The (updated) GIRM allows for an appropriate hymn after the congregation has received communion (see Art. 88 on p 17 of the linked, scanned document).
Otherwise, there really should not be any place for it within the Mass. Before you complain, though, think about the tremendous patrimony of music we have that is appropriate. In other words, there really is not a huge NEED for it.
See post #10 for more. Also, I would refer you to an address made by Bishop Slattery of Tulsa last August at the Matriculation Ceremony for Thomas Aquinas College:
I know that for two generations now, Catholics have been expected to sing an opening hymn at Mass and in many parishes the faithful are regularly browbeaten to stand up and greet this mornings celebrant with hymn #so-and-so which, depending upon the parish, might be taken from the red hymnbook, or the blue hymnbook, or the nicely disposable paperback missalette. So deeply has this opening hymn mentality shaped our consciousness that most Catholics would be astounded to hear me say that hymns have no real place in Mass.
Hymns belong in the Liturgy of the Hours and in the common devotions of the faithful, but the idea that the parish liturgy committee should sit down sometime early in the month and look through a hymn book, trying to find pretty hymns which havent been overdone in the past three or four months, which explore the themes of the Sunday Masses and which brings the people together as a singing community is an idea completely alien to the spirit of the Catholic liturgy.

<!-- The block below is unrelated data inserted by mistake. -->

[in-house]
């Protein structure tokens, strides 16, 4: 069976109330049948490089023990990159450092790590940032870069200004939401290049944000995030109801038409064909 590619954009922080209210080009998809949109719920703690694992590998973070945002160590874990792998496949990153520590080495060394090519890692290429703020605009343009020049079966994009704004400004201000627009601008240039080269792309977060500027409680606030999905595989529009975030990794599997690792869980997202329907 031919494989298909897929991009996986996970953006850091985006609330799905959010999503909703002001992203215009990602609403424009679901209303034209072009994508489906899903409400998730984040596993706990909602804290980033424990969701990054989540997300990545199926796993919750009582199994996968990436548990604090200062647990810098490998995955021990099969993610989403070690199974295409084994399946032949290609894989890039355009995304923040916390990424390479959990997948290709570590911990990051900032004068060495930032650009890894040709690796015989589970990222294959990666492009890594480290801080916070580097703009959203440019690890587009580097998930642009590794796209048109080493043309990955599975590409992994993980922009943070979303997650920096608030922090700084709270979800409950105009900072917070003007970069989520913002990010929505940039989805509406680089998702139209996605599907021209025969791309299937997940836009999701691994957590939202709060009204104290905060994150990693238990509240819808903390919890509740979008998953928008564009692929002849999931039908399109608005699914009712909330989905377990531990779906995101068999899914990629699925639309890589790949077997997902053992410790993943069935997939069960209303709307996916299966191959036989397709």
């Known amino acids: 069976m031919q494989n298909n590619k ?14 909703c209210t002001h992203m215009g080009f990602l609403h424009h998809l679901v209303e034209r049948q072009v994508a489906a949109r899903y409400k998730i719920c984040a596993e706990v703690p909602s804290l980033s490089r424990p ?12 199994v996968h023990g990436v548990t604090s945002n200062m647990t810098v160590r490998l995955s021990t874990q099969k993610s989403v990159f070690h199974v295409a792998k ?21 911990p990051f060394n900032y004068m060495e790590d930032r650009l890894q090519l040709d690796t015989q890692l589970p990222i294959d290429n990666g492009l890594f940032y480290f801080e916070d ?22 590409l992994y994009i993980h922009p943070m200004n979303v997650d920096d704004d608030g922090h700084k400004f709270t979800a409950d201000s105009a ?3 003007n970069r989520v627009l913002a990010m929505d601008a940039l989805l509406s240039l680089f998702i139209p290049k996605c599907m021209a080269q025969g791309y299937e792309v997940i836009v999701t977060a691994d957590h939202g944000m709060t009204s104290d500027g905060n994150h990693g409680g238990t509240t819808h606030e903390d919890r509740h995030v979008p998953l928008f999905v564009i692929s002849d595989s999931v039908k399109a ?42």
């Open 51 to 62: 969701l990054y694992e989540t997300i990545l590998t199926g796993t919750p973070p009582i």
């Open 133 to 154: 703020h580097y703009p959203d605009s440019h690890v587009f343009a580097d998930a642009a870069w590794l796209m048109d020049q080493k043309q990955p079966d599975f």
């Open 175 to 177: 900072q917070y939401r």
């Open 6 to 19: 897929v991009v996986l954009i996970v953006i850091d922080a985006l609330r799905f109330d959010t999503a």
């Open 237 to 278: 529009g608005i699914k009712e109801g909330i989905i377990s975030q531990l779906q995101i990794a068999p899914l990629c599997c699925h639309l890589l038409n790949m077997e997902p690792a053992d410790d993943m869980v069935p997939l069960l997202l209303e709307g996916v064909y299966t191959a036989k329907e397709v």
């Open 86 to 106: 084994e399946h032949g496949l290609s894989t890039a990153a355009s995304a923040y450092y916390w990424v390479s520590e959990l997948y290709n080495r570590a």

It is alien first of all because the singing of hymns as Sunday worship was a Protestant innovation, better suited to their non-Sacramental worship than to the Mass, and alien secondly because an opening hymn introduces - at the very inception of the sacred action - that element of creative busy-ness, which is, as we have seen, antithetical to the nature of salvation as a gift we receive from God.
What belongs at the beginning of Mass is the sung introit, that is a sung antiphon and psalm. In the Catholic liturgical tradition, these are unique compositions in which a scriptural cento is set to a singular piece of music. The melody explores and interprets the text of the cento, while the composition as a whole illuminates the meaning to be discovered later in the readings of the day.
Maybe I should say this better, but what I meant was that by a traditonal hymm, it is one that stood the test of time, not one of those “happy-clappy” type of songs. A traditional hymm is acceptable.